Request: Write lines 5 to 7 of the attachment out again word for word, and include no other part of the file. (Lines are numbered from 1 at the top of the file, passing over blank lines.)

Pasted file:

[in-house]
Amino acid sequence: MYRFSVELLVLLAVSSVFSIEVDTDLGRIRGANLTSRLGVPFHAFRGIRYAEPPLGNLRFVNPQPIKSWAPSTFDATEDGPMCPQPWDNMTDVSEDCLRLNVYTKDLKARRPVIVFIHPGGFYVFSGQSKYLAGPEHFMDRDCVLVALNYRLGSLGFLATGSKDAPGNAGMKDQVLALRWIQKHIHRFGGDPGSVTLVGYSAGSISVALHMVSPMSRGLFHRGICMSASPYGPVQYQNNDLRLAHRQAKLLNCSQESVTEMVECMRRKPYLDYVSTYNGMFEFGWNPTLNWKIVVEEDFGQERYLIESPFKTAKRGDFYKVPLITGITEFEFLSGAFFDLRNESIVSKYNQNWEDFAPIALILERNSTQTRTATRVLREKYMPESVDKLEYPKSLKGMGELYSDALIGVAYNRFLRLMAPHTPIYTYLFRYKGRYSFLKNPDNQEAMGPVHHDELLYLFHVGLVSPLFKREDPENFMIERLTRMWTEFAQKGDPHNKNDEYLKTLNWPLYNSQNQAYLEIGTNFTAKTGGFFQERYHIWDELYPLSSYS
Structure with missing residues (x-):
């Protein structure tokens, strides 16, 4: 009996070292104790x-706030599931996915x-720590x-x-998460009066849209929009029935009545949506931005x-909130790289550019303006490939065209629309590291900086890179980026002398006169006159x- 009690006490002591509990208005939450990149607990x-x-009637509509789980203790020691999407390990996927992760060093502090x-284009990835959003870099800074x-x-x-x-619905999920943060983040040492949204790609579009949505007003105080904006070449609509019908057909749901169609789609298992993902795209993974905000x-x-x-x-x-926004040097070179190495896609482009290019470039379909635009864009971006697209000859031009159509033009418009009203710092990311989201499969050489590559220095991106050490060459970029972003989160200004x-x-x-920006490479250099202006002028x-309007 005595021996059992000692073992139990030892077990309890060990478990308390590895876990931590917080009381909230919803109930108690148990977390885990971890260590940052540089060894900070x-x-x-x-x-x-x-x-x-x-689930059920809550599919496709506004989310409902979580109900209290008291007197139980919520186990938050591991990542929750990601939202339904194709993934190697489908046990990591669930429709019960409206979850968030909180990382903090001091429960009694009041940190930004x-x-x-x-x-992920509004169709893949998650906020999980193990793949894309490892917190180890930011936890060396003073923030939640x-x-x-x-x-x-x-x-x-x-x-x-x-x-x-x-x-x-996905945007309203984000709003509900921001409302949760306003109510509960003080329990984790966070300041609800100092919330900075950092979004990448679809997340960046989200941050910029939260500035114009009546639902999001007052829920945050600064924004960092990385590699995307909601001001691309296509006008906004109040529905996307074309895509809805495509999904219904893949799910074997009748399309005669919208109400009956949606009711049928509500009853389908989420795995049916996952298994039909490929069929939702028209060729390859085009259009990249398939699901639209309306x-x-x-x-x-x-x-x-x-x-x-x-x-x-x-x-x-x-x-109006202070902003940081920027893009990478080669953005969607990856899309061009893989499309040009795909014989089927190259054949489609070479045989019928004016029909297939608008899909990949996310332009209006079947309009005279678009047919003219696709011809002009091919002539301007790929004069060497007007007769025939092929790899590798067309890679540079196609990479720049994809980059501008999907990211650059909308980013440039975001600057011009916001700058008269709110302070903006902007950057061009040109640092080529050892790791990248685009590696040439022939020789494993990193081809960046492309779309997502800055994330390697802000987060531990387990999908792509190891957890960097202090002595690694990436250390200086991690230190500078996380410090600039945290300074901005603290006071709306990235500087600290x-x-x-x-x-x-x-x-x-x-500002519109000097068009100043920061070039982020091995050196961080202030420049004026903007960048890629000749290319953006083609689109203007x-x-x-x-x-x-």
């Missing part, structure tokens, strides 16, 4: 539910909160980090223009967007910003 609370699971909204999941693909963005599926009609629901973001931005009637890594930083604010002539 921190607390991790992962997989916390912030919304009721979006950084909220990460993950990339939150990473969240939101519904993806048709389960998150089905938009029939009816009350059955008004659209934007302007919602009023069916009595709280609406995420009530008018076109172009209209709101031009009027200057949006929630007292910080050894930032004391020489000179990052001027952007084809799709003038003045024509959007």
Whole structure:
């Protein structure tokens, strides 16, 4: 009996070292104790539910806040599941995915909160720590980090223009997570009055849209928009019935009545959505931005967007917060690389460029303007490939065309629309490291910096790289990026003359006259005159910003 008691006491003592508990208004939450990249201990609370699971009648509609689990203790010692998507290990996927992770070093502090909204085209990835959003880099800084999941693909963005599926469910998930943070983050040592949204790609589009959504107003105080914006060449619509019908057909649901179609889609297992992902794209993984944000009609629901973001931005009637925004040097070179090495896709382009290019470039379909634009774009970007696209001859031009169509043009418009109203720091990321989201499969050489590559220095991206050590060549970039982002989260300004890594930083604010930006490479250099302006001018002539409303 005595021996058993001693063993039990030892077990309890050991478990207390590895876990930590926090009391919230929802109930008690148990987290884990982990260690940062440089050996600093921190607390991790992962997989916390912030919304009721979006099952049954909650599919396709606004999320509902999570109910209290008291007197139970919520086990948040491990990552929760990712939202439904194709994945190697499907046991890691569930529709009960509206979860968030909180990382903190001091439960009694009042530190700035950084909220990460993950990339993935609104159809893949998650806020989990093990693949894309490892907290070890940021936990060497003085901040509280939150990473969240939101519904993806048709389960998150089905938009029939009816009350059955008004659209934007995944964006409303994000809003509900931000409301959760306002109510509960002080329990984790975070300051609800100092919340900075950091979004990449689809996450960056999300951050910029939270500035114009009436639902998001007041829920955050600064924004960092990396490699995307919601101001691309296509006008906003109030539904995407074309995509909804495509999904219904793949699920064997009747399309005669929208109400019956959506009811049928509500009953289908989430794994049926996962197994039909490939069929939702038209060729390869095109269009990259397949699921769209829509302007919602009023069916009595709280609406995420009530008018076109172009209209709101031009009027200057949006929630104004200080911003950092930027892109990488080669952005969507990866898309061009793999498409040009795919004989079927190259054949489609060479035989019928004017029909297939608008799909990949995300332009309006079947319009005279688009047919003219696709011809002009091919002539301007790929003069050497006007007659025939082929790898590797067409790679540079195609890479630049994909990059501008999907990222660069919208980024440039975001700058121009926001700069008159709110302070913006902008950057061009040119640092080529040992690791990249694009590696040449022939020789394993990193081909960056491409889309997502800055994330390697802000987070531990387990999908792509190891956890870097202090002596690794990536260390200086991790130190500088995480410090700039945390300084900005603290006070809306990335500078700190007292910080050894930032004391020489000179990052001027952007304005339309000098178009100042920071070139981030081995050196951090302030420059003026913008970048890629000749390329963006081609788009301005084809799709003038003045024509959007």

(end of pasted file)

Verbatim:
């Missing part, structure tokens, strides 16, 4: 539910909160980090223009967007910003 609370699971909204999941693909963005599926009609629901973001931005009637890594930083604010002539 921190607390991790992962997989916390912030919304009721979006950084909220990460993950990339939150990473969240939101519904993806048709389960998150089905938009029939009816009350059955008004659209934007302007919602009023069916009595709280609406995420009530008018076109172009209209709101031009009027200057949006929630007292910080050894930032004391020489000179990052001027952007084809799709003038003045024509959007």
Whole structure:
């Protein structure tokens, strides 16, 4: 009996070292104790539910806040599941995915909160720590980090223009997570009055849209928009019935009545959505931005967007917060690389460029303007490939065309629309490291910096790289990026003359006259005159910003 008691006491003592508990208004939450990249201990609370699971009648509609689990203790010692998507290990996927992770070093502090909204085209990835959003880099800084999941693909963005599926469910998930943070983050040592949204790609589009959504107003105080914006060449619509019908057909649901179609889609297992992902794209993984944000009609629901973001931005009637925004040097070179090495896709382009290019470039379909634009774009970007696209001859031009169509043009418009109203720091990321989201499969050489590559220095991206050590060549970039982002989260300004890594930083604010930006490479250099302006001018002539409303 005595021996058993001693063993039990030892077990309890050991478990207390590895876990930590926090009391919230929802109930008690148990987290884990982990260690940062440089050996600093921190607390991790992962997989916390912030919304009721979006099952049954909650599919396709606004999320509902999570109910209290008291007197139970919520086990948040491990990552929760990712939202439904194709994945190697499907046991890691569930529709009960509206979860968030909180990382903190001091439960009694009042530190700035950084909220990460993950990339993935609104159809893949998650806020989990093990693949894309490892907290070890940021936990060497003085901040509280939150990473969240939101519904993806048709389960998150089905938009029939009816009350059955008004659209934007995944964006409303994000809003509900931000409301959760306002109510509960002080329990984790975070300051609800100092919340900075950091979004990449689809996450960056999300951050910029939270500035114009009436639902998001007041829920955050600064924004960092990396490699995307919601101001691309296509006008906003109030539904995407074309995509909804495509999904219904793949699920064997009747399309005669929208109400019956959506009811049928509500009953289908989430794994049926996962197994039909490939069929939702038209060729390869095109269009990259397949699921769209829509302007919602009023069916009595709280609406995420009530008018076109172009209209709101031009009027200057949006929630104004200080911003950092930027892109990488080669952005969507990866898309061009793999498409040009795919004989079927190259054949489609060479035989019928004017029909297939608008799909990949995300332009309006079947319009005279688009047919003219696709011809002009091919002539301007790929003069050497006007007659025939082929790898590797067409790679540079195609890479630049994909990059501008999907990222660069919208980024440039975001700058121009926001700069008159709110302070913006902008950057061009040119640092080529040992690791990249694009590696040449022939020789394993990193081909960056491409889309997502800055994330390697802000987070531990387990999908792509190891956890870097202090002596690794990536260390200086991790130190500088995480410090700039945390300084900005603290006070809306990335500078700190007292910080050894930032004391020489000179990052001027952007304005339309000098178009100042920071070139981030081995050196951090302030420059003026913008970048890629000749390329963006081609788009301005084809799709003038003045024509959007």